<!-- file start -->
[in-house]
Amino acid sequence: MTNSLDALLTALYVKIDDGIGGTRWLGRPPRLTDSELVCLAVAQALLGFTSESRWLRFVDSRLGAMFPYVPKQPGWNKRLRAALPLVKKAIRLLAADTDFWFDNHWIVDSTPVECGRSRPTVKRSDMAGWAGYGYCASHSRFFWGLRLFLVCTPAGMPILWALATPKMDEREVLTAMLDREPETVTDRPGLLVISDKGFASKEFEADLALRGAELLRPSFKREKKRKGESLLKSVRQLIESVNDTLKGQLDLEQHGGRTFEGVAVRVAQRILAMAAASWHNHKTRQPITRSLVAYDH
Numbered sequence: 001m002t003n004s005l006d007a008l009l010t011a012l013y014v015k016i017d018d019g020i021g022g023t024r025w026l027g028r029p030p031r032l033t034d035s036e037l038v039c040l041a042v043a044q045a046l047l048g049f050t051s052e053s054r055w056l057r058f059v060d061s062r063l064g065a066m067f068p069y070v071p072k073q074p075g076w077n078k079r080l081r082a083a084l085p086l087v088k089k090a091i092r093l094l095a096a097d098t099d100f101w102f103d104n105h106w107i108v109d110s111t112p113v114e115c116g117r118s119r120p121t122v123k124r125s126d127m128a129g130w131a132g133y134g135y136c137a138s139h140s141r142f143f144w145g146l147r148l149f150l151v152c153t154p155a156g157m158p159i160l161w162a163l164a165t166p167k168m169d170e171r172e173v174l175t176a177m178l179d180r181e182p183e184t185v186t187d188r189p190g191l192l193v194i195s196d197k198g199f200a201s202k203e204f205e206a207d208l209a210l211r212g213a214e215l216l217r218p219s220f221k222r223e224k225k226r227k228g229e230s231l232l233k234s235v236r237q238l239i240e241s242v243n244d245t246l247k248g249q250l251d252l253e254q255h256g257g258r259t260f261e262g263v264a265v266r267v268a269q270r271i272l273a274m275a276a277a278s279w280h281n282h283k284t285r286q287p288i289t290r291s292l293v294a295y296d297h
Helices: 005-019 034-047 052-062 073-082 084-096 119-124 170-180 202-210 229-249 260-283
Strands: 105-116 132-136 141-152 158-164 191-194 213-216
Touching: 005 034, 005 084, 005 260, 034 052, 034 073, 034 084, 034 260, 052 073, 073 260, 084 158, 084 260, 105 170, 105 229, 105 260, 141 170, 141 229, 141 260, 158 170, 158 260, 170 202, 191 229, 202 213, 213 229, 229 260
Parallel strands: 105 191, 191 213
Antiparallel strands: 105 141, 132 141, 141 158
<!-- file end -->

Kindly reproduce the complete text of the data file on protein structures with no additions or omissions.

[in-house]
Amino acid sequence: MTNSLDALLTALYVKIDDGIGGTRWLGRPPRLTDSELVCLAVAQALLGFTSESRWLRFVDSRLGAMFPYVPKQPGWNKRLRAALPLVKKAIRLLAADTDFWFDNHWIVDSTPVECGRSRPTVKRSDMAGWAGYGYCASHSRFFWGLRLFLVCTPAGMPILWALATPKMDEREVLTAMLDREPETVTDRPGLLVISDKGFASKEFEADLALRGAELLRPSFKREKKRKGESLLKSVRQLIESVNDTLKGQLDLEQHGGRTFEGVAVRVAQRILAMAAASWHNHKTRQPITRSLVAYDH
Numbered sequence: 001m002t003n004s005l006d007a008l009l010t011a012l013y014v015k016i017d018d019g020i021g022g023t024r025w026l027g028r029p030p031r032l033t034d035s036e037l038v039c040l041a042v043a044q045a046l047l048g049f050t051s052e053s054r055w056l057r058f059v060d061s062r063l064g065a066m067f068p069y070v071p072k073q074p075g076w077n078k079r080l081r082a083a084l085p086l087v088k089k090a091i092r093l094l095a096a097d098t099d100f101w102f103d104n105h106w107i108v109d110s111t112p113v114e115c116g117r118s119r120p121t122v123k124r125s126d127m128a129g130w131a132g133y134g135y136c137a138s139h140s141r142f143f144w145g146l147r148l149f150l151v152c153t154p155a156g157m158p159i160l161w162a163l164a165t166p167k168m169d170e171r172e173v174l175t176a177m178l179d180r181e182p183e184t185v186t187d188r189p190g191l192l193v194i195s196d197k198g199f200a201s202k203e204f205e206a207d208l209a210l211r212g213a214e215l216l217r218p219s220f221k222r223e224k225k226r227k228g229e230s231l232l233k234s235v236r237q238l239i240e241s242v243n244d245t246l247k248g249q250l251d252l253e254q255h256g257g258r259t260f261e262g263v264a265v266r267v268a269q270r271i272l273a274m275a276a277a278s279w280h281n282h283k284t285r286q287p288i289t290r291s292l293v294a295y296d297h
Helices: 005-019 034-047 052-062 073-082 084-096 119-124 170-180 202-210 229-249 260-283
Strands: 105-116 132-136 141-152 158-164 191-194 213-216
Touching: 005 034, 005 084, 005 260, 034 052, 034 073, 034 084, 034 260, 052 073, 073 260, 084 158, 084 260, 105 170, 105 229, 105 260, 141 170, 141 229, 141 260, 158 170, 158 260, 170 202, 191 229, 202 213, 213 229, 229 260
Parallel strands: 105 191, 191 213
Antiparallel strands: 105 141, 132 141, 141 158